University of Maryland Extension

Rose Slugs - Shrubs

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Slug on leaf
Immature rose slug on leaf
 

Key Points

  • The rose slug is one of three common sawflies that attack roses (others are curled and bristly rose slugs).
  • Adults of all three species resemble wasps and are about 1/4" long.
  • Mature larvae look like caterpillars, but they are not. They are about 1/2" long and yellow-green with yellow heads.
  • The larvae skeletonize the leaves and in heavy infestations can cause leaves to turn brown and curl.
  • Check roses in May and June (in Maryland) for the slug-like, greenish-yellow larvae on the under surface of skeletonized leaves.
  • However, rose slugs can be active through the fall.
  • If the infestation is light, pick off and destroy the larvae.
  • To control heavy infestations, use horticultural oil or spray with spinosad. Target the undersides of the leaves.
  • Control is the same for all three species.


Bristly rose slug larvae are about 5/8" long and greenish white with long, stout bristles. They skeletonize leaves by feeding from the undersides of the leaves and later chew holes through the leaves.

Curled rose slug larvae are metallic green above, marked with white dots, grayish white underneath, with yellow-brown heads. They curl up like a cutworm and are about 3/4" when mature. Curled rose slugs initially feed by skeletonizing the leaves, but eventually defoliate entire leaflets except for the largest veins.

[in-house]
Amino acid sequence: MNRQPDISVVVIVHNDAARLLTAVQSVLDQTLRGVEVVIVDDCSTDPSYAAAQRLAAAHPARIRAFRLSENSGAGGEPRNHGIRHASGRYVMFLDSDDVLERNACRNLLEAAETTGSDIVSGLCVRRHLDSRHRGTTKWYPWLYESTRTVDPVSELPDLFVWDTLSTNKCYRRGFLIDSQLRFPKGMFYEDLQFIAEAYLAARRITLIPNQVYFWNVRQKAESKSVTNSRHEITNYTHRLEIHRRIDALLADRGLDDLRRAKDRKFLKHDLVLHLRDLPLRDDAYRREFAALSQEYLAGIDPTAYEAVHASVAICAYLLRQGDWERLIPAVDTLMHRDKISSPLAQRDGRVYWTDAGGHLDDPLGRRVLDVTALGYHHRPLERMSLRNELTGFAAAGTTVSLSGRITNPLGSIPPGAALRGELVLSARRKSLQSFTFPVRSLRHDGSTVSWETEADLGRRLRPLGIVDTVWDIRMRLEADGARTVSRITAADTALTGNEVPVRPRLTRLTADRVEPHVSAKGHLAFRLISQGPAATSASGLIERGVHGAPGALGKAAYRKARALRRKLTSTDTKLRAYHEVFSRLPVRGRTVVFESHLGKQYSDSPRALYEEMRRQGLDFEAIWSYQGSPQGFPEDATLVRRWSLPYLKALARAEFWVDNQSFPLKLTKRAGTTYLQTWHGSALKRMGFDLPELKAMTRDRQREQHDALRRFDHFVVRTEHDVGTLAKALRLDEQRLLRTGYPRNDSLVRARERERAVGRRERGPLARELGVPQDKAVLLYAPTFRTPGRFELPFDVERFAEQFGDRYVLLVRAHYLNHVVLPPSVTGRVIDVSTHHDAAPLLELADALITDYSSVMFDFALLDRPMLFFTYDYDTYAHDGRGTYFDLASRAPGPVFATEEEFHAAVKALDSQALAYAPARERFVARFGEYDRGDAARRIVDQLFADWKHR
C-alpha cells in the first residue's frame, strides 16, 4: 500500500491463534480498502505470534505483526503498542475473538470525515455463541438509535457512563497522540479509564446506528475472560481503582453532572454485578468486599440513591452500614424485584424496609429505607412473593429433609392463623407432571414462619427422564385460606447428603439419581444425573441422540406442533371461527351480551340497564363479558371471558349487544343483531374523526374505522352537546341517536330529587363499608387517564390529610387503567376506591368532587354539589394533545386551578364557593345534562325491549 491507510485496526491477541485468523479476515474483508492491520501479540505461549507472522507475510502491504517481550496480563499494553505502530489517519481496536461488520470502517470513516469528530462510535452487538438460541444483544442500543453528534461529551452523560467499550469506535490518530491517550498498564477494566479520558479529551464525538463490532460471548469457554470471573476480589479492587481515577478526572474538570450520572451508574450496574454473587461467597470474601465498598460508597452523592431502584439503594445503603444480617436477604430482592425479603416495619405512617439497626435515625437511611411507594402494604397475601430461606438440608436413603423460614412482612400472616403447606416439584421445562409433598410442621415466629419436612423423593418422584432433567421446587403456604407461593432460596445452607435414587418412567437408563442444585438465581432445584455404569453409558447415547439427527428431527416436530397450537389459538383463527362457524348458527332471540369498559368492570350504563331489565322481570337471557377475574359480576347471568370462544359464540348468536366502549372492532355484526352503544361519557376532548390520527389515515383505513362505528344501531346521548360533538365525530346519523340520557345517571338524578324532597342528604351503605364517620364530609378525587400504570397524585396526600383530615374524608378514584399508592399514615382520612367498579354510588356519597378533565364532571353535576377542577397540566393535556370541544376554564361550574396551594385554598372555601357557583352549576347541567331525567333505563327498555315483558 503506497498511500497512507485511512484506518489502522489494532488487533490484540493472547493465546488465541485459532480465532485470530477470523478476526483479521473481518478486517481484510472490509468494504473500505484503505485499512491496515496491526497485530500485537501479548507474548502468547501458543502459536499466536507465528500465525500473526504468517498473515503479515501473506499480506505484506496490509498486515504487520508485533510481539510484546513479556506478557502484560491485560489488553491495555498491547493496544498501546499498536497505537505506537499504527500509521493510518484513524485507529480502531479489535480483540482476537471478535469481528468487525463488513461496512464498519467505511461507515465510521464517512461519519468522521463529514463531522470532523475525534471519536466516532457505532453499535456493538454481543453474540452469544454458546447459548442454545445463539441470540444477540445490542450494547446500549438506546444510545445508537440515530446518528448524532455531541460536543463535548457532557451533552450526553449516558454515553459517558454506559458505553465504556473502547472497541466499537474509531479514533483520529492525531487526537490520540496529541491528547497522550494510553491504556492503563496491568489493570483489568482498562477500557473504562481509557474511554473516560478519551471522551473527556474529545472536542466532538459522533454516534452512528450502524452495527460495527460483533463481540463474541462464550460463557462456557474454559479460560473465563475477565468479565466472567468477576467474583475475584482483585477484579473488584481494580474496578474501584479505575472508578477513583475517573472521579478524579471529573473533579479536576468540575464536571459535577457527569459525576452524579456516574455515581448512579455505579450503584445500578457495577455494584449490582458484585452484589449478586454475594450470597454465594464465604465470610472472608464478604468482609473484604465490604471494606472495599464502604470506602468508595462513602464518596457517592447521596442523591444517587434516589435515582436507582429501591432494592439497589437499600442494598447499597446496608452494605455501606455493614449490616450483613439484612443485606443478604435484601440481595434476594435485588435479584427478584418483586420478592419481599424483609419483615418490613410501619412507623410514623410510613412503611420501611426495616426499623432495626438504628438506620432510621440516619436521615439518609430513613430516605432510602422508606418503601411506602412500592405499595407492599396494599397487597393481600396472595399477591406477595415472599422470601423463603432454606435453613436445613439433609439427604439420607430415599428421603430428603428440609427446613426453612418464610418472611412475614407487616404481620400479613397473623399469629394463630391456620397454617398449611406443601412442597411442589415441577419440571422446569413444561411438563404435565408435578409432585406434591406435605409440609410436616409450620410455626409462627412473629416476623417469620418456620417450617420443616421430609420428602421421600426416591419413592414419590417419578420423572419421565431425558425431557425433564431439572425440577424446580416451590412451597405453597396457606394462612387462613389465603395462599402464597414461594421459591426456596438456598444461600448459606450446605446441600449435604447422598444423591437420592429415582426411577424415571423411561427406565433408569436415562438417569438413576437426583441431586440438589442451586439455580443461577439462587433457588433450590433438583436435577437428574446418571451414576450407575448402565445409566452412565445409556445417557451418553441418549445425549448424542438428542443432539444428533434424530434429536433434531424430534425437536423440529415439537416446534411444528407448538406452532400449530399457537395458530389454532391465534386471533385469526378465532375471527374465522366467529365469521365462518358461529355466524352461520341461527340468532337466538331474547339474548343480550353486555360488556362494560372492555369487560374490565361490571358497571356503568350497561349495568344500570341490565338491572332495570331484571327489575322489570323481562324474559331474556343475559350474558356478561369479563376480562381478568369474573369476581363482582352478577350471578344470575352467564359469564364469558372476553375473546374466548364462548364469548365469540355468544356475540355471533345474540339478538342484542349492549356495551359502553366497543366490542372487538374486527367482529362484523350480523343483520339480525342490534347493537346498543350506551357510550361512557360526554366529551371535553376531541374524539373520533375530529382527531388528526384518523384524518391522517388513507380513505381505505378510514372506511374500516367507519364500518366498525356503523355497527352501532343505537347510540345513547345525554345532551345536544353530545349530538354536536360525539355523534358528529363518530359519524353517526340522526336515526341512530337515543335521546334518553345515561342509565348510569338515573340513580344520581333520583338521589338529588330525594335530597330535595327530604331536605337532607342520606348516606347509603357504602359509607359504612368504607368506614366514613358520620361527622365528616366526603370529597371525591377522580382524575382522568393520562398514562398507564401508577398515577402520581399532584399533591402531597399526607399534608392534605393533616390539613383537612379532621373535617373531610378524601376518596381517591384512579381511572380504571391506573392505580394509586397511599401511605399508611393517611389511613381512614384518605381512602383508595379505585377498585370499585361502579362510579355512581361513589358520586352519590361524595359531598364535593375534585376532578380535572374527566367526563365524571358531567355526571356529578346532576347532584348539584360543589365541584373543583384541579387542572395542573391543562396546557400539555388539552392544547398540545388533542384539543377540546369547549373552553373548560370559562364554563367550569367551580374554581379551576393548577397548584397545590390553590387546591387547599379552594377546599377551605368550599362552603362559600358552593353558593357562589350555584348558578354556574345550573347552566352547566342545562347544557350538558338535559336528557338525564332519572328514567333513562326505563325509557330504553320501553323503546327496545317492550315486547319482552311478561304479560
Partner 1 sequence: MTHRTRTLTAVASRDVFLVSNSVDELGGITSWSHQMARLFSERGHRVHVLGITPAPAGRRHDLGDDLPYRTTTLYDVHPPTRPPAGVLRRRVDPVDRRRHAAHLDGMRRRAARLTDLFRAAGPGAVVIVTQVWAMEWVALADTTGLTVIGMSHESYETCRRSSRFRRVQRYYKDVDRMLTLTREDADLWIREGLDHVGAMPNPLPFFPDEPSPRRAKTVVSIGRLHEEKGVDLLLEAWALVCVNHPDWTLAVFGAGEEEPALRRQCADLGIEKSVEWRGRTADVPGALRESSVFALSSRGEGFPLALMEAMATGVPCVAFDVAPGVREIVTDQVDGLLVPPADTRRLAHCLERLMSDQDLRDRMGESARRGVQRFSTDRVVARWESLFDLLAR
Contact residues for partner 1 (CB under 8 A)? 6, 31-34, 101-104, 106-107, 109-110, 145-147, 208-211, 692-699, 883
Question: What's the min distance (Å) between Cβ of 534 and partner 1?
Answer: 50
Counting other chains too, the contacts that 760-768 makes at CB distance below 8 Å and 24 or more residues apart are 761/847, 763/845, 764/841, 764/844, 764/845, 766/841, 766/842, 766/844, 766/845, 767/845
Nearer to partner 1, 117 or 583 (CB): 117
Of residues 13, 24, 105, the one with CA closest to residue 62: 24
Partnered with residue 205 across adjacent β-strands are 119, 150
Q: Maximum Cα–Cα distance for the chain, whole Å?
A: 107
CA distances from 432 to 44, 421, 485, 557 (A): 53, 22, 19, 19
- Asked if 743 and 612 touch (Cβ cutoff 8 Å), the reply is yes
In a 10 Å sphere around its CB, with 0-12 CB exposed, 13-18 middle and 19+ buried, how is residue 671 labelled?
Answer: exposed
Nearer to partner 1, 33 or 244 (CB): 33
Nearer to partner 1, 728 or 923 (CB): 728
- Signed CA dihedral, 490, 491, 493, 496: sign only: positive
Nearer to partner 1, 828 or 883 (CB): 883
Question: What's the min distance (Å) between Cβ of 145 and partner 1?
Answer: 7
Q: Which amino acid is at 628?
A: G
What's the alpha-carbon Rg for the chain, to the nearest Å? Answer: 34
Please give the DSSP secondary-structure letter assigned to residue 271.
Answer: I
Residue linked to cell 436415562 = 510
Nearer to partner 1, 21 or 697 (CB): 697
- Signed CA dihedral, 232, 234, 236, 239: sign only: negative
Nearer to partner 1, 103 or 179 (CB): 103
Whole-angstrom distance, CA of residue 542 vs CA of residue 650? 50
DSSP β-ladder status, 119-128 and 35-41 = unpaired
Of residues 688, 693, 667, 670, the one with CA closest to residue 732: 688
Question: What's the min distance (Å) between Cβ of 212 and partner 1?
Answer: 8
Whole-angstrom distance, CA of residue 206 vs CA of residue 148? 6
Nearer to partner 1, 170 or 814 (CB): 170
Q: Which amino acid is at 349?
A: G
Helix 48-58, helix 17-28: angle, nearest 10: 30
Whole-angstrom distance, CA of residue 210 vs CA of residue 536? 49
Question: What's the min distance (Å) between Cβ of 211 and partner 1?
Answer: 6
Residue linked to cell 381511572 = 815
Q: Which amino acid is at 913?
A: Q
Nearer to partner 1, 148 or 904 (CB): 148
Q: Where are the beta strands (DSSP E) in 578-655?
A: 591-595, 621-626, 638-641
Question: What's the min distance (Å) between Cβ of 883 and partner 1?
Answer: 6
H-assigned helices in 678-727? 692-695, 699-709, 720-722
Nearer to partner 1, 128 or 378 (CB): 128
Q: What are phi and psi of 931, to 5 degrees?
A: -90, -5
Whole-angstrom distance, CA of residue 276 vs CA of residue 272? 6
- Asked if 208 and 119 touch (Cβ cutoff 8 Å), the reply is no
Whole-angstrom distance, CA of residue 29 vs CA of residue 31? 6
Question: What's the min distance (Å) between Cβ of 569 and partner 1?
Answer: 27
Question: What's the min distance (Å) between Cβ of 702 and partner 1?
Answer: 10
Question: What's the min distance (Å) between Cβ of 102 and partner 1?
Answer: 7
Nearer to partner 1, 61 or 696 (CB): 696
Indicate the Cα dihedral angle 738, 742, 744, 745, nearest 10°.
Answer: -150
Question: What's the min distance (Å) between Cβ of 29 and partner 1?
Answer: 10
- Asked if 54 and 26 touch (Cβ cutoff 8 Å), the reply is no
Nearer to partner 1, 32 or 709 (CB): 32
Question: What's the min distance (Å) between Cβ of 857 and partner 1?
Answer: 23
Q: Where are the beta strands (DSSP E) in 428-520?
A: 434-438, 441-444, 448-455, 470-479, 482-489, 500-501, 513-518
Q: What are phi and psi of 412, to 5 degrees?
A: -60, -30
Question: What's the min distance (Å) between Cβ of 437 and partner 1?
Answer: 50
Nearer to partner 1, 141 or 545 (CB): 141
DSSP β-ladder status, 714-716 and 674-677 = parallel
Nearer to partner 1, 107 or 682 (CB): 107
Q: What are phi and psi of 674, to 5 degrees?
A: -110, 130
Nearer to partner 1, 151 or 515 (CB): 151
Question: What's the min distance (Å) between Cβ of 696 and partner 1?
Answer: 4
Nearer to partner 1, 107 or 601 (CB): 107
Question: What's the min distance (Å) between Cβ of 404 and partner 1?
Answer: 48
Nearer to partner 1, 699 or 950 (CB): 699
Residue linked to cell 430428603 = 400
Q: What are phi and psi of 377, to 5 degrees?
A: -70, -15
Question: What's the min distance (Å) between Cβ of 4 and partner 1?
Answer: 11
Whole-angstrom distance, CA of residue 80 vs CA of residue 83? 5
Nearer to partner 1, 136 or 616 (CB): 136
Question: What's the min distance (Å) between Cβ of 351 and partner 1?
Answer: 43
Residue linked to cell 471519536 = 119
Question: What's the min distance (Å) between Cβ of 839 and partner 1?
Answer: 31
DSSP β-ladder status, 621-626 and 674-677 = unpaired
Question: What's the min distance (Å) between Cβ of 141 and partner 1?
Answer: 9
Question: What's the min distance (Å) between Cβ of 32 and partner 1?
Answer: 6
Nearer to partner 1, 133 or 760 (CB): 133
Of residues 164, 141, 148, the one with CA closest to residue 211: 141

Bristly rose slug larvae are about 5/8" long and greenish white with long, stout bristlesBristly rose slug and feeding damage

Bristly rose slug larvae are about 5/8" long and greenish white with long, stout bristles (left) - They skeletonize leaves by feeding from the undersides of the leaves and later chew holes through the leaves (right)

Coiled rose slugRose slug damage on bud
Coiled rose slug                                                  Rose slug damage on bud 

rose slug damage
Defoliated rose

Rev. 2020

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